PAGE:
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Daw Suu's Letter from Burma #38

Mainichi Daily News, Monday, August 26, 1996


"Death in Custody (2)"

Letter from Burma (No. 38) by Aung San Suu Kyi

	The death certificate of U Hla Than, NLD member of Parliament for the Coco
Islands who died on Aug. 2 as a political prisoner of the present military
regime of Burma, stated that he had died of "extensive Koch's lung
[tuberculosis] and HIV infection."  Coincidentally on the day of his death,
extracts from a report on conditions in Burmese prisons by a former student
activist who had served time in the infamous Insein Jail where U Hla Than
was incarcerated for nearly six years, appeared in The Nation newspaper of
Bangkok.  The report states that owing to drug abuse "there is ... a high
prevalence of HIV/AIDS in prisons.  When administering injections, the
doctors give only half or less than half of the phial to one patient, giving
the rest to another patient from the same needle and syringe, almost
guaranteeing that any blood-carried infections will spread."  There can be
little doubt that U Hla Than's death was brought about by the abysmal prison
conditions that do not bear scrutiny by independent observers.  The ICRC
left Burma in 1995 because of the refusal of the authorities to allow
inspection of the prisons of the country.
	U Hla Than is certainly not the first prisoner of conscience to have died
in the custody of SLORC.  Some leading members of the NLD can be counted
among those who have given their lives for the right to adhere to their
deeply held political principles.  The first of those was U Maung Ko who,
ironically, died during the visit of Mrs. Sadako Ogata, who had been sent by
the United Nations Human Rights Commission to make enquiries into the human
rights situation in Burma.  U Maung Ko, 52 at the time of his death, was a
civil servant who worked in the Rangoon Port Commissioner's Office before he
entered the democracy movement in 1988 as the general secretary of the Dock
Workers' Union.  When the NLD was founded he became one of the pioneer
members of the party.
	U Maung Ko was arrested and taken to Insein Jail during the crackdown on
democracy activists in October 1990.  In less than three weeks, on Nov. 9,
he was dead.  His family learnt of his death from workers at the Rangoon
General Hospital, where his body was sent from Insein Jail.  The authorities
claimed U Maung Ko had taken his own life after making a confession of his
activities, but neither the content of the confession nor the circumstances
under which it was extracted have been revealed.  Many question the verdict
of suicide.  Friends and members of the family who saw U Maung Ko's body
before burial assert that there were many marks on it to indicate that he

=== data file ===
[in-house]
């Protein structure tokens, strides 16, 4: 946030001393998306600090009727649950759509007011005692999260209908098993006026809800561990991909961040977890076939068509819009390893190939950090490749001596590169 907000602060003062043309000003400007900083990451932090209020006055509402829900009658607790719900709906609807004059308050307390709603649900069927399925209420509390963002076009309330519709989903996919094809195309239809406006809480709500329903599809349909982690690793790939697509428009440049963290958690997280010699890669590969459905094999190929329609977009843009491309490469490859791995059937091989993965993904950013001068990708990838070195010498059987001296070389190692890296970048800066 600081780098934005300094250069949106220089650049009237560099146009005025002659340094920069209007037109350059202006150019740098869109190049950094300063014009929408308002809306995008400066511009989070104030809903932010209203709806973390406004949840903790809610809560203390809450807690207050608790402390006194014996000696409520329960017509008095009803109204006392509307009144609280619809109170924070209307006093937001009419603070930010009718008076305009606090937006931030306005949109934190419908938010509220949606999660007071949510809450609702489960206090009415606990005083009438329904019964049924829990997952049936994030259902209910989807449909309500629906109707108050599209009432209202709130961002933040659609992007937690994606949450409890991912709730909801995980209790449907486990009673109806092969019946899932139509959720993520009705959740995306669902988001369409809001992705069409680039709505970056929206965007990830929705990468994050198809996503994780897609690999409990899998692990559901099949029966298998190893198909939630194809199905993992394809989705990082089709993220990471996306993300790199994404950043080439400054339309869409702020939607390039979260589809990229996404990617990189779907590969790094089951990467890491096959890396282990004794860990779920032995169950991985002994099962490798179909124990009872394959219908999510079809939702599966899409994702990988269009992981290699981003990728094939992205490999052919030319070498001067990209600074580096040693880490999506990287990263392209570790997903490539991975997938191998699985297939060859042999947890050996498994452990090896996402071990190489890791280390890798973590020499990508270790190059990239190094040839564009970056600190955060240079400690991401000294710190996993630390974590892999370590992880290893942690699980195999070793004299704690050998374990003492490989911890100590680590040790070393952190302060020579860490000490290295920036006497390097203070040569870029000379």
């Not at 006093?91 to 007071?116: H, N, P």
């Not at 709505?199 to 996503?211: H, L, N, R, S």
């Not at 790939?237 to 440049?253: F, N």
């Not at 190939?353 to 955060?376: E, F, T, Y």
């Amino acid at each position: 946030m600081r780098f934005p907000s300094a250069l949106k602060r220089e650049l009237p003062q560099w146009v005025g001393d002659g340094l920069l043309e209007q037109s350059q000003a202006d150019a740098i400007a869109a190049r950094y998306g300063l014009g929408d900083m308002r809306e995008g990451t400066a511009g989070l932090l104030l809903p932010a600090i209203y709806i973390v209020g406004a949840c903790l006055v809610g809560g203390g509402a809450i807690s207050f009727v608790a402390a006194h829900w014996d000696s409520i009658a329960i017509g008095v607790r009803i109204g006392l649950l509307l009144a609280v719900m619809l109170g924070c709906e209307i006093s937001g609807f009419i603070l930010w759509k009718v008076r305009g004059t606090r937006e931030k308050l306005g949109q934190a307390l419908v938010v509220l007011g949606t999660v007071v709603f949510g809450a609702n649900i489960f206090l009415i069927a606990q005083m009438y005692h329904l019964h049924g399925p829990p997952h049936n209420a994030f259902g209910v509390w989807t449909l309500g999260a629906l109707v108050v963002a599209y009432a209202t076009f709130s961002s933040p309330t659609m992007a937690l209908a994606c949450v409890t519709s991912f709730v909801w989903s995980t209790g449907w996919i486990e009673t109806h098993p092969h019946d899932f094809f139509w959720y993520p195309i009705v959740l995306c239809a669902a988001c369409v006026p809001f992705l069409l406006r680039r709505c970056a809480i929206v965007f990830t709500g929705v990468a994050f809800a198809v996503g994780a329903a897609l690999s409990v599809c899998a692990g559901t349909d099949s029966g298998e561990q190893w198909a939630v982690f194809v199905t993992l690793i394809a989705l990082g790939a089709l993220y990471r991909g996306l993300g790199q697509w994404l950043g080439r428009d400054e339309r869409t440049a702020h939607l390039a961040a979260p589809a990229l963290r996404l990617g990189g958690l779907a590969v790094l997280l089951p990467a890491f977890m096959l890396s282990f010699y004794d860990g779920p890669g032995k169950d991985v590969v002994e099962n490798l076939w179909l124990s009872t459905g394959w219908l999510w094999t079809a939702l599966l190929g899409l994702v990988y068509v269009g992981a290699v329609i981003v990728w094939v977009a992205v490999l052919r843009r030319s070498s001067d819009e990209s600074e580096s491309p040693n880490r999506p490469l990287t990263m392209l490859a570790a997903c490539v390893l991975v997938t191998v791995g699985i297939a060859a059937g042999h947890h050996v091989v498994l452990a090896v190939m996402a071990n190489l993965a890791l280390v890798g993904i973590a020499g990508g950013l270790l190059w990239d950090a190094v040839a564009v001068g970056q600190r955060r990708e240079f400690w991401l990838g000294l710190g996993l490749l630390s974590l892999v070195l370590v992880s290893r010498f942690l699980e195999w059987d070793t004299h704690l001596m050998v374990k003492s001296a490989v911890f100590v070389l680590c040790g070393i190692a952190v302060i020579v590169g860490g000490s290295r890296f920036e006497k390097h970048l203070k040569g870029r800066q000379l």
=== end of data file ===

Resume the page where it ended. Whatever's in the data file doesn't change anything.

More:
had been badly tortured.
	The next NLD victim among the political prisoners of SLORC was U Ba Thaw,
better known as the writer Maung Thaw Ka. /Hsaya/ (the Burmese equivalent of
/sensei/, or teacher) Maung Thaw Ka, as he was affectionately addressed by
friends, colleagues and admirers, was an unforgettable character.  He served
in the Burmese Navy for many years and was involved in a shipwreck in 1956
while serving as the commanding officer on a coast guard cutter patrolling
the southeastern coastline.  When his vessel foundered, Lt. Ba Thaw and the
26 other navy personnel on board transferred to two inflated rubber life
rafts.  One life raft was lost with all nine passengers on board but the
second life raft was rescued by a Japanese ship 12 days later.  By then,
seven of the 18 men on the life raft were dead and other man died on the
rescue ship.  Maung Thaw Ka wrote a gripping book about the harrowing time
he and his mates spent under a searing sun on the small life raft, which
carried only boiled sweets and water sufficient to keep 10 men alive for
three days.
	Hsaya Maung Thaw Ka's irrepressible sense of humor came across in many of
his writings, which could perhaps be described as satire without malice.
One of his witticisms became highly popular during the years of socialist
rule in Burma.  On being told that a fellow writer believed in ghosts, Hsaya
Maung Thaw Ka riposted: "He believes in anything, he even believes in the
Burmese Socialist Programme party!"
	Hsaya Maung Thaw Ka was also a poet.  He not only wrote his own poetry, he
translated many poems from English to Burmese, some of which were
surprisingly romantic: the love poetry of Shakespeare, Robert Herrick, John
Donne and Shelley.  There was also a translation of William Cowpers' "The
Solitude of Alexander Selkirk," which he said was dedicated to himself.
Perhaps it was the last verse that appealed to him.

	"But the seafowl is gone to her nest,
	The beast is laid down in his lair;
	Even here is a season of rest,
	And I to my cabin repair.
	There is mercy in every place,
	And mercy, encouraging thought!
	Gives affliction a grace
	And reconciles man to his lot."

	But there was no mercy for Hsaya Maung Thaw Ka in Insein Jail.

* * *
(This article is part of a yearlong series of letters.  The Japanese
translation appears in the Mainichi Shimbun the same day, or the previous
day in some areas.)